An unknown number of business jets was expected to be grounded on 1 January, when a US Federal Aviation Administration mandate requiring installation of emergency locator transmitters (ELT) on all turbojets took effect.

Aviation associations failed to secure a last-minute extension to the deadline, which was set almost three years ago, although hundreds of aircraft are still waiting to be equipped.

The National Business Aviation Association, representing Part 91 private operators, and the National Air Transportation Association, representing Part 135 charter operators, tried unsuccessfully to secure a 90-day reprieve, arguing that shortages in the supply of some ELT models were causing installation delays.

The shortages are blamed on equipment manufacturers' inability to meet demand, made worse by the late ordering of ELTs to meet the mandate.

Industry estimates 5-10% of the US business jet fleet could be affected, putting the number of aircraft potentially grounded in the hundreds.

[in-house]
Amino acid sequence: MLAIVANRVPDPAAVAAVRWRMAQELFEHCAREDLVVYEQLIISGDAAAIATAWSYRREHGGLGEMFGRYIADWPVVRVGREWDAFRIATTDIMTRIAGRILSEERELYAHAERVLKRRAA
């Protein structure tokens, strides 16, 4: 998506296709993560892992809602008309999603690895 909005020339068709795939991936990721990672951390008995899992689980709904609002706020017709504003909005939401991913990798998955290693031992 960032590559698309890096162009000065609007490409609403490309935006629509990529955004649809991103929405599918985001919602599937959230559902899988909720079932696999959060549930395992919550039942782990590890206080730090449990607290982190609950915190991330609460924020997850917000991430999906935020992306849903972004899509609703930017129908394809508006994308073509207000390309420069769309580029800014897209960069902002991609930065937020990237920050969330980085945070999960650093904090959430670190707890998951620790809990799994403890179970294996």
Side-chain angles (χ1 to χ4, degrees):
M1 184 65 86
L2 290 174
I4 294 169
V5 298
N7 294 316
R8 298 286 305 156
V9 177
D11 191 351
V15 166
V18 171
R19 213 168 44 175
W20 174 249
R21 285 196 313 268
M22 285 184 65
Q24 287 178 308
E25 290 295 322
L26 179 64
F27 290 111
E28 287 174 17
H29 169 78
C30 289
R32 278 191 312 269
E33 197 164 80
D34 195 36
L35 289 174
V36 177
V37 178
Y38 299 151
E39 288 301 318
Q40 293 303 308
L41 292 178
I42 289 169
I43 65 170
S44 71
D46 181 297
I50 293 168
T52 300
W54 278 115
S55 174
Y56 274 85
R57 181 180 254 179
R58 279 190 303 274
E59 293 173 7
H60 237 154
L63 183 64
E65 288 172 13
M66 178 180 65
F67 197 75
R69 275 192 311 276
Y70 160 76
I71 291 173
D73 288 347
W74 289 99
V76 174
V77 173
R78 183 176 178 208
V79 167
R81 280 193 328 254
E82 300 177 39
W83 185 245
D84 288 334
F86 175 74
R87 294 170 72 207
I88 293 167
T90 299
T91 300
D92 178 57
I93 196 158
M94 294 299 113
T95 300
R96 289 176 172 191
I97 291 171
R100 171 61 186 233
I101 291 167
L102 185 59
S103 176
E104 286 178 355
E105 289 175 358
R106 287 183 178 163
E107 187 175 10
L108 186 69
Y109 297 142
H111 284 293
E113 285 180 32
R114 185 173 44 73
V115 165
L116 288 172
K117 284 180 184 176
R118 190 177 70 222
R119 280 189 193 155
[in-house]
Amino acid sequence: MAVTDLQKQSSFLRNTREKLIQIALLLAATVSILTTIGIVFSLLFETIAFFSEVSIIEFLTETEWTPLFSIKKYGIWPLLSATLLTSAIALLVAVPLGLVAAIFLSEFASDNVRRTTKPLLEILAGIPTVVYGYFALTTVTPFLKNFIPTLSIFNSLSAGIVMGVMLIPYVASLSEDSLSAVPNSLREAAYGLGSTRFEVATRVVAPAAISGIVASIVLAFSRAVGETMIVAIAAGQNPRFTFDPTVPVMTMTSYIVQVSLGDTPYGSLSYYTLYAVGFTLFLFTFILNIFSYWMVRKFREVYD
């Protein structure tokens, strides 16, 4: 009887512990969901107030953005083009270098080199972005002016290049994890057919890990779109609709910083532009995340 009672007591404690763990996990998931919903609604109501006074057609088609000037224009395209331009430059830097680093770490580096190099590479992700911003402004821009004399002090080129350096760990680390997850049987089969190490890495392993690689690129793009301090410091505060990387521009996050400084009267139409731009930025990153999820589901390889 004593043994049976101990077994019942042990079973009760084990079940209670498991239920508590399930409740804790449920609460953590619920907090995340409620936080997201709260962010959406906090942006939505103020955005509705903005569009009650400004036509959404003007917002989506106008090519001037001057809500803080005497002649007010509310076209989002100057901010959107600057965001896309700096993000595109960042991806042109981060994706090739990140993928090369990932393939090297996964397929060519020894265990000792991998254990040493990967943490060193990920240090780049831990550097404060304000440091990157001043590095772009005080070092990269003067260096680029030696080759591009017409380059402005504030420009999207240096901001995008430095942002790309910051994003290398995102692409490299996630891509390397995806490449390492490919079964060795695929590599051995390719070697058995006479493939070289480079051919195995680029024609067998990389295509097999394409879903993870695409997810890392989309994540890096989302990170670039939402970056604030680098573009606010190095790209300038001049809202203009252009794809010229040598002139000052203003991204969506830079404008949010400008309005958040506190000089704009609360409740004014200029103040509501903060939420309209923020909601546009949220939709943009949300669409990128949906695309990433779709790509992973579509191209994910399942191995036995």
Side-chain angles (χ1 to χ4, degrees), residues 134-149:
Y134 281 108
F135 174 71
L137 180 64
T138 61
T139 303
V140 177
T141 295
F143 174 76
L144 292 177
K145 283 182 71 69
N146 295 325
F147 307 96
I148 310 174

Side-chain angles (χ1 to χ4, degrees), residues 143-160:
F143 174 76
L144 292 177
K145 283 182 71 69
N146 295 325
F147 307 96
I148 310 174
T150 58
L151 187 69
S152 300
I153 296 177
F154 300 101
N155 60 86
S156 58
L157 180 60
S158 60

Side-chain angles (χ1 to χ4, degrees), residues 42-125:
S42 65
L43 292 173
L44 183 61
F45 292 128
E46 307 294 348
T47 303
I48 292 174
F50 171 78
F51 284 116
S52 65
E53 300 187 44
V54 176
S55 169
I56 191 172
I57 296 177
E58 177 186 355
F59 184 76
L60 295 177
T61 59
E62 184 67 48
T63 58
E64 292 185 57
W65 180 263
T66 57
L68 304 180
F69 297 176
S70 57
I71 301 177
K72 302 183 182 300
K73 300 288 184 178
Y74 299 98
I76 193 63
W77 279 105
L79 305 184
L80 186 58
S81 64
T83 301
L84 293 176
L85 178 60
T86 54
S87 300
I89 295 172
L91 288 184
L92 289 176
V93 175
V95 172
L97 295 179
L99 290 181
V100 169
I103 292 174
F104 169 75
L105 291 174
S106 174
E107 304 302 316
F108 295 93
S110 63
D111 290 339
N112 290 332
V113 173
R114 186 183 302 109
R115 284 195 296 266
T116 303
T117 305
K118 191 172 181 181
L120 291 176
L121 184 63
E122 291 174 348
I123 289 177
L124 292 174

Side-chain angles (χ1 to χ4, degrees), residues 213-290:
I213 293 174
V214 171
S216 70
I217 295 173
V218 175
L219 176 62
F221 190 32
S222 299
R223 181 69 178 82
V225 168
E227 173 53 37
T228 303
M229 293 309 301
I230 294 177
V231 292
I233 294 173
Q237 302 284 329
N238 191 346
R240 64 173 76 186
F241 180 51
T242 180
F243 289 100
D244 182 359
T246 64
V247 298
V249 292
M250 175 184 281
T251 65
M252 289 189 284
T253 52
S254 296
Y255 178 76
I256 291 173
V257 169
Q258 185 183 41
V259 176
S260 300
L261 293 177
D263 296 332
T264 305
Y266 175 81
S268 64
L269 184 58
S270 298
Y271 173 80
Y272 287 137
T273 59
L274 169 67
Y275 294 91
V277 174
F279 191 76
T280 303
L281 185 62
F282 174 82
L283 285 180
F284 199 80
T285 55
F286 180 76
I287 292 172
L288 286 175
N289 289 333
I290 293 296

Business jets were previously exempt from the requirement to carry ELTs, but Congress ordered the FAA to remove the exemption after a Bombardier Learjet 35A was found at the bottom of a lake three years after it disappeared on 24 December 1996 on the approach to New Hampshire's Lebanon Municipal Airport.

In April 2000, Congress passed a law requiring the installation of ELTs on all turbojet-powered aircraft by 1 January 2002. The final rule issued by the FAA in December 2000 delayed implementation by two years to give operators more time to equip.

The industry associations say the FAA, in delaying a further reprieve, determined that the firm Congressional mandate for ELT installations could not be extended a second time.

Operators are allowed to install either 121.5MHz or 406MHz ELTs, which activate automatically in a crash, although 121.5MHz devices will be phased out in 2009 in favour of the 406MHz ELTs, which transit at higher power, can be more accurately located by satellites and include a digitally encoded aircraft/owner identification signal that reduces false alarms.

Source: Flight International